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Training in Rostov on Don Its great that we all met here today!

From October 21st through 22nd 2004 in Rostov on Don an educational seminar (or more simply, training) on the subject Interaction between Ethnic Associations and Authorities was conducted by the Center for Interethnic Cooperation. Leaders of ethnic associations and Administrations staff from the Russian regions Rostov, Astrakhan, Volgograd, Perm, Samara, Nizhniy Novgorod, Sverdlovsk, and the Stavropol and Krasnodar territories took part in the seminar.

The seminar took place in a small, cozy hotel Aelita on the left bank of the river Don. The participants list with representatives of the authorities from the Russian regions tells about the high standard. At the seminar were: Tatyana Krasilnikova, the head of the Department of Public Relations Apparatus of the Main Administration of the Volgograd region; Yuriy Burlachko, the head of the Department for Interaction with Social Associations, Religious Organizations and for Monitoring the migration processes of the Krasnodar Territory Administration; Marina Plyasunova, main specialist of the Department of Internal politics of the Sverdlovsk Region Administration; Nadezhda Osipova, main specialist of the Department for Interaction with Social Organizations, Ethnic Issues and Religious Faiths of the Ministry of Culture, Youth Politics and Sports of the Samara Region; Raisa Shchukina, consultant of the Department of Inner politics and of Interaction with the Territories of the Perm Region Administration; Vladimir Otvagin, main specialist of the Committee for Relations with Political Parties, Public Associations and Ethnic Relations of the Rostov on Don Region Administration; Victor Victorin, adviser of the Department for Interaction with societal political associations of citizens and ethnic cultural communities of the Astrakhan region; Sergey Zakharov, main specialist of the department for International Relations and Interaction with associations and for Monitoring the migration process of the Krasnodar Territory administration; Vladimir Vysheslavov, chief specialist of the Department for Ethnic Issues and Interaction between public and religious organizations of the Stavropol Territory Government.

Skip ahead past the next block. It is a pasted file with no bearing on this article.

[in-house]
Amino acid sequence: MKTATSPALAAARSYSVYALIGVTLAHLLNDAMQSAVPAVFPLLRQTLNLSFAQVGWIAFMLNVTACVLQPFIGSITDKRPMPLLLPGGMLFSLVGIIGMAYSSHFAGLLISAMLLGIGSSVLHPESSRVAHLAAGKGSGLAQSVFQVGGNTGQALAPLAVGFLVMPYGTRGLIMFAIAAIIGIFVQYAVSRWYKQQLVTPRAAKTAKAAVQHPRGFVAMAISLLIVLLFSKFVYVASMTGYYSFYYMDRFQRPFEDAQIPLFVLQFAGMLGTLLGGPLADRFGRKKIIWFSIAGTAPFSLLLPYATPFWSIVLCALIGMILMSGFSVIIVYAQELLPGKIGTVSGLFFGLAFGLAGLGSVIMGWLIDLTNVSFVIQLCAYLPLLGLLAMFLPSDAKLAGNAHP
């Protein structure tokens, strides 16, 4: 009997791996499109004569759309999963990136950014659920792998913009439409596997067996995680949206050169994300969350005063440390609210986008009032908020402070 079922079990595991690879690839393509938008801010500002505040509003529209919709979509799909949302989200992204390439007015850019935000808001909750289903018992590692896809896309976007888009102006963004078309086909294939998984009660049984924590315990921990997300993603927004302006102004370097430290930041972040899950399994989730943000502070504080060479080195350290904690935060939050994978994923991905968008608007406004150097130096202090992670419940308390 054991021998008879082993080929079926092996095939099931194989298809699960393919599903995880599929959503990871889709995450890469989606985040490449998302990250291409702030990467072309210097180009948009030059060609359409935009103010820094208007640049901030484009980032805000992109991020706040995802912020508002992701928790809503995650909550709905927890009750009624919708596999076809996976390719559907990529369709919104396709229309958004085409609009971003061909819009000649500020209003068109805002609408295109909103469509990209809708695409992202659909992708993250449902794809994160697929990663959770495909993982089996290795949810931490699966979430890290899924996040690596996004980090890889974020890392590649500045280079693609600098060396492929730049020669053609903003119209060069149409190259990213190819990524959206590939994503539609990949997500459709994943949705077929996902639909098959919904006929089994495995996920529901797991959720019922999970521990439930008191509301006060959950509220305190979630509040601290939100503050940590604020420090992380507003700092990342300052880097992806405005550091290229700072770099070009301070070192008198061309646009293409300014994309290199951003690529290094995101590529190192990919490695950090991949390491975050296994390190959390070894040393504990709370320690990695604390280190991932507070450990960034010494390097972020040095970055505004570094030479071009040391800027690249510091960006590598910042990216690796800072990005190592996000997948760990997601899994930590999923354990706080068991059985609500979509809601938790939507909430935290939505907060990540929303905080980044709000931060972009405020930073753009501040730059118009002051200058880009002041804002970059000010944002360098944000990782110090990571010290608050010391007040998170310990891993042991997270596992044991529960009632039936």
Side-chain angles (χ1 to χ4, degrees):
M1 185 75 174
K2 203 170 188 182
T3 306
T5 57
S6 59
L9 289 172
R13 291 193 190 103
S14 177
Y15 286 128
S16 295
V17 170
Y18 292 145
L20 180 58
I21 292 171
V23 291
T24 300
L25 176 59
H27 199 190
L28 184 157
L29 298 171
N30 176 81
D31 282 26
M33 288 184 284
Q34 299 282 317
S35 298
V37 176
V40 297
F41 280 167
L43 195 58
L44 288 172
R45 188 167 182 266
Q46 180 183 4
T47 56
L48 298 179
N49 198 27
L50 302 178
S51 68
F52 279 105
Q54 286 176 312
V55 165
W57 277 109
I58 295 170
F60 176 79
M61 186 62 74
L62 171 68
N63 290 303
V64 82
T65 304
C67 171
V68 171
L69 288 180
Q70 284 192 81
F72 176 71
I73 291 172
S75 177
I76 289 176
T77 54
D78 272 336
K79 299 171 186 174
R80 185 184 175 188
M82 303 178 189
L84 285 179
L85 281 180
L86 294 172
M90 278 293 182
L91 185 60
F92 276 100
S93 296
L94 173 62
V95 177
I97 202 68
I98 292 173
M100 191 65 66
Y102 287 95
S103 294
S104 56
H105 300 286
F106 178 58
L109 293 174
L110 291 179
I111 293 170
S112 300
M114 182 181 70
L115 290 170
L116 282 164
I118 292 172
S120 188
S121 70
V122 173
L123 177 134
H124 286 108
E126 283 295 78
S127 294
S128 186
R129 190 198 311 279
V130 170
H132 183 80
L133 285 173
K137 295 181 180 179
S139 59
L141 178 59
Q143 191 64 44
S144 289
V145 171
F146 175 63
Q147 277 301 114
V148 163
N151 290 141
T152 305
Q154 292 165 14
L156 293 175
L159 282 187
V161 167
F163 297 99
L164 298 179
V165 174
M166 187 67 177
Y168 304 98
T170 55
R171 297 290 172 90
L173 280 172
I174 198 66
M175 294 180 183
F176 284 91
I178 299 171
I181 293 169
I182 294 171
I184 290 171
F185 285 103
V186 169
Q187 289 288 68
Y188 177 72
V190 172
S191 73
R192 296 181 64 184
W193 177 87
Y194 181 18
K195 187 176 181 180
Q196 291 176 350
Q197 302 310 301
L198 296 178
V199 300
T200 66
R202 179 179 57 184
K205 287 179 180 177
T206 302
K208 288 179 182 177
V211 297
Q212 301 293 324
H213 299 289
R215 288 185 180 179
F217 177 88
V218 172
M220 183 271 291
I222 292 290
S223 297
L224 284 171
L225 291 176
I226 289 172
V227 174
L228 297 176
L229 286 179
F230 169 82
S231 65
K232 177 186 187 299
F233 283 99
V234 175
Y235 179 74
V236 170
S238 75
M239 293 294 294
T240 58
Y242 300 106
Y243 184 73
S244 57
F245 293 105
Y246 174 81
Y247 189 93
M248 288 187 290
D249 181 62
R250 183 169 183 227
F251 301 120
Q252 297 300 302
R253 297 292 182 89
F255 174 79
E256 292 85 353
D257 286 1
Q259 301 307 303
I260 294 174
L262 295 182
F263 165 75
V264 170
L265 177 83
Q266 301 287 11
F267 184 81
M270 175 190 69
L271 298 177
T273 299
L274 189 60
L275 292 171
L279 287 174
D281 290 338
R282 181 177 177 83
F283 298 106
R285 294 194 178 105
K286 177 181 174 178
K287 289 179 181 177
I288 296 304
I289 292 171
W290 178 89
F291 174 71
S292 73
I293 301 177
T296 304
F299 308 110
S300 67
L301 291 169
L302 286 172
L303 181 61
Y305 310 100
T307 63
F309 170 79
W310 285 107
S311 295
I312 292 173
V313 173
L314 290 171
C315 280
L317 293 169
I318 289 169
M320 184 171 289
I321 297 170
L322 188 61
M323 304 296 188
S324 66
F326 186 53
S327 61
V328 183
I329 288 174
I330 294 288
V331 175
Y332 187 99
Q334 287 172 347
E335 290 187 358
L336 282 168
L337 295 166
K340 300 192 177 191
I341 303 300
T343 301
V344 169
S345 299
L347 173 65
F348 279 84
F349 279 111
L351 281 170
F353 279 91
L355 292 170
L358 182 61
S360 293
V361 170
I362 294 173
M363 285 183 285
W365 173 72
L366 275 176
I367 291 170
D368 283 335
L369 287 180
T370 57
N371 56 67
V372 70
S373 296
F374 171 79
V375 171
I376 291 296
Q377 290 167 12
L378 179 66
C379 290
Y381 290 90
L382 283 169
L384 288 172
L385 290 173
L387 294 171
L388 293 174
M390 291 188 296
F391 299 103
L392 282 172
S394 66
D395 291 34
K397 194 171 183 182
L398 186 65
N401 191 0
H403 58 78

It is characteristic, as we were told by the State Dumas Committee for ethnic relations, that the Deputies there were all very busy with important matters, and because of that they would not be able to take part in our seminar. The new Ministry for regional development of the Russian Federation told us exactly the same. For the sake of fairness it has to be said, that Vladimir Zorin, former Minister for Ethnic Issues took part in the undertakings of the Center for Interethnic Cooperation. He is no longer a Minister, and the new Federal Ministry has currently not been organized. This means that we once again have to prove that we are not conducting our conferences and trainings for the sake of amusement. But the fact that Yuri Burlachko, Tatyana Krasilnikova and their colleagues very actively took part in the trainings for two days tells us that our work is getting more attention in the regions. The greatest success of the Center for Interethnic Cooperation was the participation of two Police colonels, Vladimir Nifontov and Alexandr Mozgovoi. This was not the first time that members of the Police came to our trainings from other regions, but until this time, in order to invite them we needed the approval of the leadership of the Russian Federation Ministry of Internal Affairs. This time the help came from members of the Police and the authorities of the Sverdlovsk region and the Krasnodar territory.